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American MythologiesEssays on Contemporary Literature$
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William Blazek and Michael K. Glenday

Print publication date: 2005

Print ISBN-13: 9780853237365

Published to Liverpool Scholarship Online: June 2013

DOI: 10.5949/UPO9781846312540

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PRINTED FROM LIVERPOOL SCHOLARSHIP ONLINE (www.liverpool.universitypressscholarship.com). (c) Copyright Liverpool University Press, 2021. All Rights Reserved. An individual user may print out a PDF of a single chapter of a monograph in LSO for personal use.date: 13 June 2021

‘Cheap, On Sale, American Dream’: Contemporary Asian American Women Writers' Responses to American Success Mythologies

‘Cheap, On Sale, American Dream’: Contemporary Asian American Women Writers' Responses to American Success Mythologies

Chapter:
(p.105) Chapter 6 ‘Cheap, On Sale, American Dream’: Contemporary Asian American Women Writers' Responses to American Success Mythologies
Source:
American Mythologies
Author(s):

Phillipa Kafka

Publisher:
Liverpool University Press
DOI:10.5949/liverpool/9780853237365.003.0007

This chapter draws upon Asian American fiction to explore the concept of syncresis. It discusses authors such as M. Evelina Galang (Her Wild American Self), R. A. Sasaki (The Loom and Other Stories), Gish Jen (Typical American), and Wang Ping (American Visa), who take as their subject matter the generational and cross-cultural differences found in immigrant families from Chinese, Japanese, and Filipina ancestry. The characters in these stories face not only the prejudices and stereotypes typically encountered by first-through third-generation Asian Americans, but also the problems of assimilation into mainstream US society, with the losses from their own ethnic inheritance weighted against the gains from acknowledging their ‘double consciousness’.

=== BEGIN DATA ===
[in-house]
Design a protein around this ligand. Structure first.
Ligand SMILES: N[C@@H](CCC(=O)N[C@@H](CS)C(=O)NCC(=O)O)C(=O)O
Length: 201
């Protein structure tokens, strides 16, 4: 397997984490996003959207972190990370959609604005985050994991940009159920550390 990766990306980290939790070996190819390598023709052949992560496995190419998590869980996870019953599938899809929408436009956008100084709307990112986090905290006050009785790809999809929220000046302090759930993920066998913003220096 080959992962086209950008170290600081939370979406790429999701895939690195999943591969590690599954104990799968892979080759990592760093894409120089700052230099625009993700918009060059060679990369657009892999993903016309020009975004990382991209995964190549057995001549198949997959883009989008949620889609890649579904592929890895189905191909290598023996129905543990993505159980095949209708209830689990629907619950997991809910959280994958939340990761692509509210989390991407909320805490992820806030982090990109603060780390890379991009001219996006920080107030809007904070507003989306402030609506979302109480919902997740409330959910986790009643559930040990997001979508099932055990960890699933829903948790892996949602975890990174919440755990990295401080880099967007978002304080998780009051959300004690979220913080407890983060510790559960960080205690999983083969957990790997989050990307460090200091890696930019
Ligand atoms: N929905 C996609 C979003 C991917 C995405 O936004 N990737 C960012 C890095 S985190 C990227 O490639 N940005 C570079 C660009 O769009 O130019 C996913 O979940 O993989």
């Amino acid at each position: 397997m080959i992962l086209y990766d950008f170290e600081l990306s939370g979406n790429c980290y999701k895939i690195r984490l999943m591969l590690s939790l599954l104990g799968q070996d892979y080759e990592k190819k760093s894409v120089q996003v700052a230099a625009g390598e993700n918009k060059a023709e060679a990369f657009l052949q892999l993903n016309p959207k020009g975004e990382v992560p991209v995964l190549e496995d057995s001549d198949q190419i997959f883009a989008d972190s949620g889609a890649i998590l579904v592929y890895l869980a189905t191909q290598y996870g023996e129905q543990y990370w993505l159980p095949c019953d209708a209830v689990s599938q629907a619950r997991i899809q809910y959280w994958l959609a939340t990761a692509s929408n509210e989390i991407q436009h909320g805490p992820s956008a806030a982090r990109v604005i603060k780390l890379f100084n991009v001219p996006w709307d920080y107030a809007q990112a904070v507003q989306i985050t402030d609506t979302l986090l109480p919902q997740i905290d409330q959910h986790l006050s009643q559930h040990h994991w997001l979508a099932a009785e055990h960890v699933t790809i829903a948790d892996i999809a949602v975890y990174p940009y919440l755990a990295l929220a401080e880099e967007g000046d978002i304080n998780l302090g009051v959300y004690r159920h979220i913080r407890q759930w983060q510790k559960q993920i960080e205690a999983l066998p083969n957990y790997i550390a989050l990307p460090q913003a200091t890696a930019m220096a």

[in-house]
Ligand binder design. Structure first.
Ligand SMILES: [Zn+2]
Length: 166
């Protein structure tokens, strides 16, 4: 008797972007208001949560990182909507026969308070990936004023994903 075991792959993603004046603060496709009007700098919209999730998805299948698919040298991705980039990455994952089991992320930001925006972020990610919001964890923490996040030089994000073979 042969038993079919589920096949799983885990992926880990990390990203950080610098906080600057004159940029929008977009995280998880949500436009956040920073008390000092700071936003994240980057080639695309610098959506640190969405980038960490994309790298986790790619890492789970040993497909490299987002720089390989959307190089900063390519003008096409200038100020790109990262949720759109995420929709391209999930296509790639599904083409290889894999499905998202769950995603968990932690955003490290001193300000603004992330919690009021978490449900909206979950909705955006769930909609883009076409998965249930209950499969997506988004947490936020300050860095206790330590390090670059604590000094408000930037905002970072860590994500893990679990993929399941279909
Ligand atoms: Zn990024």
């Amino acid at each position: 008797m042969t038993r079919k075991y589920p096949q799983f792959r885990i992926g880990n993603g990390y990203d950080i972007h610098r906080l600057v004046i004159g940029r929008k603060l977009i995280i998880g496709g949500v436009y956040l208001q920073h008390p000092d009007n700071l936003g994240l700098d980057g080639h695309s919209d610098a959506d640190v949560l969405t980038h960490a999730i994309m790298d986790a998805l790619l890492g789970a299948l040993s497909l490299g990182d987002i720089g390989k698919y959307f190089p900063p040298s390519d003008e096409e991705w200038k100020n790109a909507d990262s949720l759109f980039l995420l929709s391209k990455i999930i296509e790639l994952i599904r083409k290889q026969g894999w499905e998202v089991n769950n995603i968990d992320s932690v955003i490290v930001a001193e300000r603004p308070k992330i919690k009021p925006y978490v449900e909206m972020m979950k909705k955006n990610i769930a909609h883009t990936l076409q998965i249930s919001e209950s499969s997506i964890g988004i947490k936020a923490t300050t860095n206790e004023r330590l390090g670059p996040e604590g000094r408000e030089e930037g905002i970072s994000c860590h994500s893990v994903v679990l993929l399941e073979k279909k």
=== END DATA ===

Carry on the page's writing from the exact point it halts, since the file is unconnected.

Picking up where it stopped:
Keywords:   Asian American fiction, syncresis, cross-cultural differences, immigrant families, assimilation

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